Breakthrough Vaccine may help eliminate polio worldwide
The USC researchers have developed an injectable polio vaccine that does not require preservation at low temperature facilitating its safe transportation to remote areas.
The study which appeared in the journal mBio reports that the injectable vaccine, which was freeze-dried into a powder, kept at room temperature for four weeks and then rehydrated, offered full protection against the polio virus when tested in mice.
A majority of human vaccines are temperature sensitive. The dependence of current vaccines on the cold chain, which prevents exposure to ambient temperature and also to freezing, presents many obstacles that can lead to failure of vaccination campaigns.
"Stabilization is not rocket science, so most academics don't pay much attention to this field," said the study's first author, Woo-Jin Shin, Ph.D.,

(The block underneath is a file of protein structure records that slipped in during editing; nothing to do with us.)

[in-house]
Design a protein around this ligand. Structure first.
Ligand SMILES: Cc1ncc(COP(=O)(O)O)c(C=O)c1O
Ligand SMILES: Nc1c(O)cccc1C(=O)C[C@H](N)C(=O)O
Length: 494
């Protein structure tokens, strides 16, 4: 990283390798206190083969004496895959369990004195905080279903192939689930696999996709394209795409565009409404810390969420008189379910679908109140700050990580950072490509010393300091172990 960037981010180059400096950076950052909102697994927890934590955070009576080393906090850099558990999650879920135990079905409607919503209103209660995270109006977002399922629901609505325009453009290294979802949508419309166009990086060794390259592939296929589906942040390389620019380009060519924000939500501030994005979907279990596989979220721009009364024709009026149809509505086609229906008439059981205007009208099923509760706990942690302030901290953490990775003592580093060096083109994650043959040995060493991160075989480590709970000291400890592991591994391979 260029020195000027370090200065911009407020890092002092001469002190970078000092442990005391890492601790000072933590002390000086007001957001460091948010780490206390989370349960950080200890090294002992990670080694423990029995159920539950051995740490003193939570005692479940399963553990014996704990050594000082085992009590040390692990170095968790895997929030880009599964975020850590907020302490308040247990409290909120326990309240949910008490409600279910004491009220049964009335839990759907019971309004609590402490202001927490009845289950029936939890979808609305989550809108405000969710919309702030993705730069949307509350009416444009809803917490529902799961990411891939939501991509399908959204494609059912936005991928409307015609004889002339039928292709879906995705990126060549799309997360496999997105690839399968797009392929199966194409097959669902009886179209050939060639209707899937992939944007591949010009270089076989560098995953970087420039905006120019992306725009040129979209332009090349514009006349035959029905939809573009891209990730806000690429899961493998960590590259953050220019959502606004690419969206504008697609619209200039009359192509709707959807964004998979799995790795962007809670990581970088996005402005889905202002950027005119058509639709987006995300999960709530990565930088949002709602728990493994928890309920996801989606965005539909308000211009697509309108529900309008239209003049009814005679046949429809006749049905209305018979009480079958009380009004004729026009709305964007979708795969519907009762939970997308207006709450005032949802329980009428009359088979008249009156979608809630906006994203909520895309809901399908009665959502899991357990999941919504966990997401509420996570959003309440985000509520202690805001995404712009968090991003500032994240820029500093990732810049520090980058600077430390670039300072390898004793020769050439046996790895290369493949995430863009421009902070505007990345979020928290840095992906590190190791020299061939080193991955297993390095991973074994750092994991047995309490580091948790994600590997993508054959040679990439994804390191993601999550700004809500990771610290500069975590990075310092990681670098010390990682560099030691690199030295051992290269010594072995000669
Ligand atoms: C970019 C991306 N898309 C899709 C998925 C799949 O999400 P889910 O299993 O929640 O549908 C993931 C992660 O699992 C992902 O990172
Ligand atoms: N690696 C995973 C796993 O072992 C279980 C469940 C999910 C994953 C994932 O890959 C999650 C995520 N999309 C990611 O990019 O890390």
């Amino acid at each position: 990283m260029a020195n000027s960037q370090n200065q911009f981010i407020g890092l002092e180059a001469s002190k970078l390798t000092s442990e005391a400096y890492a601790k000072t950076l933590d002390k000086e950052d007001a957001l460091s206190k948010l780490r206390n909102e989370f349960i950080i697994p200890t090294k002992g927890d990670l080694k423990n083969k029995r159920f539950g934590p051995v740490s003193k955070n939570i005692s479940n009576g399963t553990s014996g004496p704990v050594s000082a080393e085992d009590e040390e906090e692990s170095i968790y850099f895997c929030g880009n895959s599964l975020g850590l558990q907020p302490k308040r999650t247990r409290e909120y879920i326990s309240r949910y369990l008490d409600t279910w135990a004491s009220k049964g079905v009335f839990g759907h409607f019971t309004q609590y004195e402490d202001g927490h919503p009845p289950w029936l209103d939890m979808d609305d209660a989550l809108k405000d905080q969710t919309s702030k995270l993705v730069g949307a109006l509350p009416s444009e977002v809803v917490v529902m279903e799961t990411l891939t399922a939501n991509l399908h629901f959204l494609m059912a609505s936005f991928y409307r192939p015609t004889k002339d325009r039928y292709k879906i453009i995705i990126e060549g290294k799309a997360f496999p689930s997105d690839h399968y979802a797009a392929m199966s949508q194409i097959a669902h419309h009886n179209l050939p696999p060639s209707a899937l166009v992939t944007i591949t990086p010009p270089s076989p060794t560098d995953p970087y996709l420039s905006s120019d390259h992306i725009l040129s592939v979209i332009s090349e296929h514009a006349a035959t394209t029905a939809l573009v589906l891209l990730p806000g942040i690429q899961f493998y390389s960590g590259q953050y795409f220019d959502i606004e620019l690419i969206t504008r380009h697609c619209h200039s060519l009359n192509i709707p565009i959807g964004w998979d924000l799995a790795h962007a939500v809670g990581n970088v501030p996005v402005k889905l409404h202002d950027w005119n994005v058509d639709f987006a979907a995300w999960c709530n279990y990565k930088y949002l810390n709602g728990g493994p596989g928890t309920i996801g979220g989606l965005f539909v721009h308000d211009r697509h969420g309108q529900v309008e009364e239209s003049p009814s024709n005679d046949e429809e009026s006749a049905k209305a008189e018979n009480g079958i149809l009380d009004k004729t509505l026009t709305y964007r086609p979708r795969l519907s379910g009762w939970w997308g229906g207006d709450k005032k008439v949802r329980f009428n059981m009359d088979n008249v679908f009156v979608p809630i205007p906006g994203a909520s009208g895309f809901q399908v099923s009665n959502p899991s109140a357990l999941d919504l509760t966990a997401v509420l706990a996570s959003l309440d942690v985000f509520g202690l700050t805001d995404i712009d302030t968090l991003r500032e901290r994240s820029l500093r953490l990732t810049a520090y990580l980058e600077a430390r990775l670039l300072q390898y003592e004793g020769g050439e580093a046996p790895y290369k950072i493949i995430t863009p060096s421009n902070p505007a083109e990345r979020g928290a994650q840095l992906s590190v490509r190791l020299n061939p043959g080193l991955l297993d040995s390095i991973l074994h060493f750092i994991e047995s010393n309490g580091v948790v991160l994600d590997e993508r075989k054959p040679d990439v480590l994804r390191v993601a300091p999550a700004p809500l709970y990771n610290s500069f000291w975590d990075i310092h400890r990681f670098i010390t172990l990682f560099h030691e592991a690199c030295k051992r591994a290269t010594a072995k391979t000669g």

"However, no matter how wonderful a drug or vaccine is, if it isn't stable enough to be transported, it doesn't do anyone much good," he added.
Polio is on the verge of complete eradication but few cases of polio have been noted in countries like Nigeria, Papua New Guinea, Syria, and Pakistan. The biggest obstacle to complete eradication is creating a temperature-stable vaccine for use in developing countries where refrigeration may be unavailable.
The good news knocking the door is that by removing moisture through freeze-drying, researchers have created temperature-stable vaccines for measles, typhoid, and meningococcal disease. But scientists haven't been able to make a polio vaccine effective in human that retains potency through freeze-drying and rehydration, though it has been successfully tested in mice.
Shin and his colleagues used two lab techniques - liquid chromatography and high-throughput screening - that allowed them to analyze a high volume of ingredients and formulations until they found one that worked.
“This study shows the establishment and optimization of lyophilization conditions to increase the in vitro and in vivo thermostability and vaccine capacity of sIPV at temperatures up to 40°C for at least one month, “write the authors.
The researchers believe that a foundation or company will take over the project to pay for human studies and bring the injectable vaccine onto the market.
For full information log on to 10.1128/mBio.02287-18